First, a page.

Assuming you have Docker installed, this will pull the latest all-in-one image from DockerHub, and start it listening on :7777.
##### The following command will pull and run the latest stable image. ### Remove the -v option if you do not need to preserve your projects between runs ## docker run -e LANG=C.UTF-8 --memory=8g -p 0.0.0.0:7777:7777 -it "intrigueio/intrigue-core:latest"
Once downloaded, you’ll see the startup happen automatically, and a password will be generated for you. You’ll be able to access the interface on :7777 on your local host, since you forwarded the port to localhost.
Now that you have an instance running, check out the Up and Running with Intrigue Core guide.
Quick Docker image FAQ:
THE SERVICE IS NOT LOADING ON :7777: Did you forward the port when starting the container (as the example above does?) Make sure to access it using HTTPS, there is a certificate generated at start time! If you’re still having trouble, try opening a shell on the docker container using docker exec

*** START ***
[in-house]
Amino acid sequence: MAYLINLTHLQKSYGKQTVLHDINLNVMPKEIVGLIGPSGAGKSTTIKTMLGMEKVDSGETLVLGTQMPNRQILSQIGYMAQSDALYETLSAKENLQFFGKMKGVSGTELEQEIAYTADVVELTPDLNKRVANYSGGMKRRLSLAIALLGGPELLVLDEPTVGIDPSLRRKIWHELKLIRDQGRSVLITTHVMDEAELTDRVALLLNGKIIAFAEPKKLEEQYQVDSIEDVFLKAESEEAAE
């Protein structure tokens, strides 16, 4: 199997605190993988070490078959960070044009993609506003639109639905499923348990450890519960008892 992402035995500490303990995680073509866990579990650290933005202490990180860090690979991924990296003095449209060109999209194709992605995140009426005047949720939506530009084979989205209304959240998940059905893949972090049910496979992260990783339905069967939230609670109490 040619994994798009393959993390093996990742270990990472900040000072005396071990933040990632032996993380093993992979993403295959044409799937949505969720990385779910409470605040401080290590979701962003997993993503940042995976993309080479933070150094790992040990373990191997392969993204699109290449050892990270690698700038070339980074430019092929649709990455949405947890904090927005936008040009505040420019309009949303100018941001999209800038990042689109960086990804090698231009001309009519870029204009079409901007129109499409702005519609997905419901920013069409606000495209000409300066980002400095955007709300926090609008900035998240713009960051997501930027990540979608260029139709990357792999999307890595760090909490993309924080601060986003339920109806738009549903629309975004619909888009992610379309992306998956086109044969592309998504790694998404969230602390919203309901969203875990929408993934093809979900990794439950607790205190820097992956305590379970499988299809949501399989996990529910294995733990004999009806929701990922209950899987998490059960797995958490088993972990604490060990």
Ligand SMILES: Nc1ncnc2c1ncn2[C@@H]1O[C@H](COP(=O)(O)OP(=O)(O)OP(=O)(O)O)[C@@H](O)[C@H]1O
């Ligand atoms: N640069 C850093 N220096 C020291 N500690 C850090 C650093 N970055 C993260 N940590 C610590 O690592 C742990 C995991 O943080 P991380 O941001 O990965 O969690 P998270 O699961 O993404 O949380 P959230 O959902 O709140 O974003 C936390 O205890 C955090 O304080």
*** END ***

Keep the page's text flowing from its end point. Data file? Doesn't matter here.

docker exec -it <CONTAINER_ID> /bin/sh)
and make sure the service is actually running on :7777 (using something like netstat -lnt). If it is running in the container, than everything is working as expected, and the problem is very likely with your host system’s networking settings.
I’M ON A SMALLER SYSTEM AND AM EXPERIENCING INSTABILITY: Running Core is memory and CPU intensive, and you’ll want to make sure your Docker daemon has access to enough RAM. While you can start the container. with the –memory= flag above, if you have not given the Docker daemon itself enough RAM, it wont work. See this link for more assistance on how to accomplish this.
I’D LIKE TO PRESERVE DATA BETWEEN RUNS, CAN YOU HELP?: In order to preserve your instance data between container runs, you can use Docker’s volume support. If you’d like to do this, simply add the following -v option in the docker run command above, using the syntax LOCAL_FOLDER:/data. An example is below.
I’M HAVING ODD PERMISSION ISSUES WHEN TRYING TO LAUNCH THE CONTAINER ON RHEL: If you’re running Docker on a RHEL system as a user other than root, you may need to add the —privileged flag
If you’re still having trouble, jump into our Slack channel and ask questions in #core-help!